...the bike looks like another bike now, and I haven't even polished off the haze!
Ajax is non-abrasive, and I just used enough water to make a paste of it. Applying toothbrush with elbow grease got all the oxidization off, and cleaned oil from cylinders, and-and-and.
There are a few spots where the rust is more severe, and I'll need to use actual chrome polish on that. The front shock housings are aluminum and discolored; I've got aluminum cleaning powder (also good for stainless steel, but not chrome!) which ought to clean them up.
But even so, it looks about a thousand percent better than it did.
Started it around 2:10 and finished at 3:20, which was just enough time for me to assemble myself for therapy. The Ajax leaves behind a thin cloudy film on the chrome, which has to be polished off with a clean cloth, but that'll take just a few minutes and can wait until after I've eaten dinner.
After therapy, I took a bit of a ride; I went to Advance Auto to get something to attempt to seal the leaking gaskets and a quart of 10w-40 since I'm running low on that. (Also, some clean shop cloths for polishing chrome.) I rode up to Saul Trail, out to Western, and back south to Exchange; then stopped at Super Burrito! for the usual. It's sitting next to me now, cooling down so I can eat it.
I believe I've identified the three leaks:
The cam cover gaskets are leaking, which is why there was oil on the cylinders. I cleaned them off while washing the bike today (of course) but there's already a thin film of oil on them again.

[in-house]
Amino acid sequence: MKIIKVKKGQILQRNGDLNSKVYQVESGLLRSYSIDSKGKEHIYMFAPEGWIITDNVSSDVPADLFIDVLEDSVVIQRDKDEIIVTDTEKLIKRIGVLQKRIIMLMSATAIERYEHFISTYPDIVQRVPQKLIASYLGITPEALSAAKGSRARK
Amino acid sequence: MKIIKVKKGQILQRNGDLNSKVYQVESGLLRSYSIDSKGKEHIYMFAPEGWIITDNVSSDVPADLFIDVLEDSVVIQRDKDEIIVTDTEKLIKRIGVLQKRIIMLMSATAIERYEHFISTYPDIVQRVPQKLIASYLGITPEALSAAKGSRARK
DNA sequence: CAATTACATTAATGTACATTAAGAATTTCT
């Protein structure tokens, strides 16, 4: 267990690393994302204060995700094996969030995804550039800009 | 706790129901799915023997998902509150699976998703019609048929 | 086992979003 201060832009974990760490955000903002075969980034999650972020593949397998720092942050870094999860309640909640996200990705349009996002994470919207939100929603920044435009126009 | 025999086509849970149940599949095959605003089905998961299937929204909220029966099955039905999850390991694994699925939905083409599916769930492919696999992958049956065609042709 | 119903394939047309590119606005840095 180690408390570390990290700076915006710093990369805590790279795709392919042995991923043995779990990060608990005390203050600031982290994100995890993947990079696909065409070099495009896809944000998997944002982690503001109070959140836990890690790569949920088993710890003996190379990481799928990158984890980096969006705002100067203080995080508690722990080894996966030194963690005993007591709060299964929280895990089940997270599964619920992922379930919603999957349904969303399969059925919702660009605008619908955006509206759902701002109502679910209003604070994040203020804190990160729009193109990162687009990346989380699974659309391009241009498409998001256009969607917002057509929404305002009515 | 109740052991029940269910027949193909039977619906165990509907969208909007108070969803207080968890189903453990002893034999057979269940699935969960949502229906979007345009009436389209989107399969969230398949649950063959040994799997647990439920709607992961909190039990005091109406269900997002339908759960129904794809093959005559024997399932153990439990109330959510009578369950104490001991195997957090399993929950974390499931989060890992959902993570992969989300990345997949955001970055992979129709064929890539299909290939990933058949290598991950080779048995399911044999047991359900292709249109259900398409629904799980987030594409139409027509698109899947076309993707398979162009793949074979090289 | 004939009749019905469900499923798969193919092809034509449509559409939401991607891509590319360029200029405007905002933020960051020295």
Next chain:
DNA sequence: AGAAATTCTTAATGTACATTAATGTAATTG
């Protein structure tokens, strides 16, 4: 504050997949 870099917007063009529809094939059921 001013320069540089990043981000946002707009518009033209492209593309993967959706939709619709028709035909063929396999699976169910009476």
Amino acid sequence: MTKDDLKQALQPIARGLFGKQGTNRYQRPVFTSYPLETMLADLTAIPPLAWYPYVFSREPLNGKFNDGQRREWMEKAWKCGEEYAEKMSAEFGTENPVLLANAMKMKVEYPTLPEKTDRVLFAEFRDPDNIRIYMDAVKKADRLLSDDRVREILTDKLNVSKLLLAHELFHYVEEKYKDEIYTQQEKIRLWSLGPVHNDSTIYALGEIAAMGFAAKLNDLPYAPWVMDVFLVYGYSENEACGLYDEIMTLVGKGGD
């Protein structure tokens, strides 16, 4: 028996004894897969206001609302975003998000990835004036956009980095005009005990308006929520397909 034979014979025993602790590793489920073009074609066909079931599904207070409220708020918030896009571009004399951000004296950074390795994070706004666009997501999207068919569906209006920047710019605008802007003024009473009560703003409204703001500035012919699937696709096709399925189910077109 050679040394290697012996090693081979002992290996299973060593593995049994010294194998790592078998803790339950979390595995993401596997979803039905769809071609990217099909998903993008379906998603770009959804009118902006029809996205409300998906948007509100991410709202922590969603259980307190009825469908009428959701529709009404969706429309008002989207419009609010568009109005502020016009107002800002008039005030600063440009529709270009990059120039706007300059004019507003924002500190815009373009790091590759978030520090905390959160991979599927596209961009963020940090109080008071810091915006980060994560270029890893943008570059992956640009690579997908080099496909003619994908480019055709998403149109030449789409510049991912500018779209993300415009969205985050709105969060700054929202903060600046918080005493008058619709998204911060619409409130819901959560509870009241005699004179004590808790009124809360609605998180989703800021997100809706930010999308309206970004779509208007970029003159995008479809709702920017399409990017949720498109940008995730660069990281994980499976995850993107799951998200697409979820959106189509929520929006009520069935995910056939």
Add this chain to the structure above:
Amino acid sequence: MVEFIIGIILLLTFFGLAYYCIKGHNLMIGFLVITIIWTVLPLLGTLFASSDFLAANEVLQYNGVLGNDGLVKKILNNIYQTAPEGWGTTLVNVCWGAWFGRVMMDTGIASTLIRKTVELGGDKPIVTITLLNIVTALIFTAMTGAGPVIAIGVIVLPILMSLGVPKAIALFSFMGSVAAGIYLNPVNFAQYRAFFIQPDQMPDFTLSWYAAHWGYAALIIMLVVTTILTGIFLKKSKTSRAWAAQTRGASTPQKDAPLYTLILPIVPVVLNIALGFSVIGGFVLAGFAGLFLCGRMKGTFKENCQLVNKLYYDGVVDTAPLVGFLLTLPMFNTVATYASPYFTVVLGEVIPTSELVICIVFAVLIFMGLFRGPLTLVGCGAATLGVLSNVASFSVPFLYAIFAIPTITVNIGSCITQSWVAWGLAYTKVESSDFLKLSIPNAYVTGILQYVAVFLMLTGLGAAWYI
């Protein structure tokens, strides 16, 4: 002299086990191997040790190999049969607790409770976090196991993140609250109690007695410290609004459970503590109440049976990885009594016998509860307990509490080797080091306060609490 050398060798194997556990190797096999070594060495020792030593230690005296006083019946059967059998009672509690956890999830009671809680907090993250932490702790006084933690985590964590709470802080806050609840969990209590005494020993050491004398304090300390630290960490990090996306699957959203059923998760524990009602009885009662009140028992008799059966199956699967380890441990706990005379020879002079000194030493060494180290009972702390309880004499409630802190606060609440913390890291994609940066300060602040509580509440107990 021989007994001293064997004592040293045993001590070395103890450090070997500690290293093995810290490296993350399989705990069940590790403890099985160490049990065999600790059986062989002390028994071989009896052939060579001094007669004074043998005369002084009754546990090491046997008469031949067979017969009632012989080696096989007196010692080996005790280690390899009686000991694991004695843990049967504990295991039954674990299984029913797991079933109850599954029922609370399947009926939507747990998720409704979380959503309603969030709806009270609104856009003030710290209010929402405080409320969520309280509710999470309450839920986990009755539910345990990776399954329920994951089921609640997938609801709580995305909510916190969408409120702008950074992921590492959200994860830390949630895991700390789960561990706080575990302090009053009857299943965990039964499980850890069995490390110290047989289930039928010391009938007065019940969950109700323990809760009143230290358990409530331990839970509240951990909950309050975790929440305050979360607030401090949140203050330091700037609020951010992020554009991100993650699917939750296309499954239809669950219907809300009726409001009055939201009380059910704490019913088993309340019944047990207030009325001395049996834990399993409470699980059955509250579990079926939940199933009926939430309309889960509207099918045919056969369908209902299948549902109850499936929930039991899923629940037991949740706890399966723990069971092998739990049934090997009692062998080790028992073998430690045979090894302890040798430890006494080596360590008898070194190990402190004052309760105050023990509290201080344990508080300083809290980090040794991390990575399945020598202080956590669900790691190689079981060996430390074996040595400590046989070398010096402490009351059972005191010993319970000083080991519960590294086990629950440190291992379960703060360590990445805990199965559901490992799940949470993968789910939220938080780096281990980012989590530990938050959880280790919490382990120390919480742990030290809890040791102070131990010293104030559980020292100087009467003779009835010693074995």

The shifter shaft is leaking. That's an o-ring, and if the "gasket restorer/oil treatment" stuff I bought doesn't fix that, I'll be removing the clutch cover to replace it.
And, of course, the oil sump gasket is leaking. I tried tightening the bolts that hold it on, but it's still leaking, so it's not just loose.
Also: possibility that the oil filter cover is leaking, too.
That's five gaskets, more or less. None is particularly complicated to replace (except the shifter shaft o-ring) and my only real worry about them will be availability. I might have to buy some gasket material and make my own.
...and it's also possible that I can just buy the damn things from someone on Ebay or one of the three or four motorcycle parts stores from which I got parts for the dirt bike. (Which, by the way, are still sitting here waiting to be installed. Well, when I've finished doing the 50,000 other things on my plate....)
I'm hopeful, though, that the "gasket restorer" stuff works as advertised. There's no denying this bike is 30 years old, and it has spent enough time just sitting that the various gaskets and seals could easily have dried out to the point of no longer being completely tight.
Og did an honest job of the work he did on the thing, but since his primary focus was just to get the thing running reliably--and worry about the fine details later on--it's not surprising that he didn't get this far.
But it's clean, and needs only a final polish to sparkle properly. I'm going to eat my burrito, polish it, and then have a shower; I'll check the weather before going to choir practice before deciding whether or not to ride the bike there.
I don't want it getting rained on after I did all that work.
Now that I've polished off the water spots and such, the chrome seems to glow even when the sun's behind clouds:
Definitely worth the effort.
Incidentally: those side covers, the ones that have the model number on them? Og painted those sometime after he got the bike, and put the striping on. (They were from another bike, and they were maroon IIRC.)
It looks f-ing factory but for a few spots where the finish is subpar, and from 10 feet you can't see them.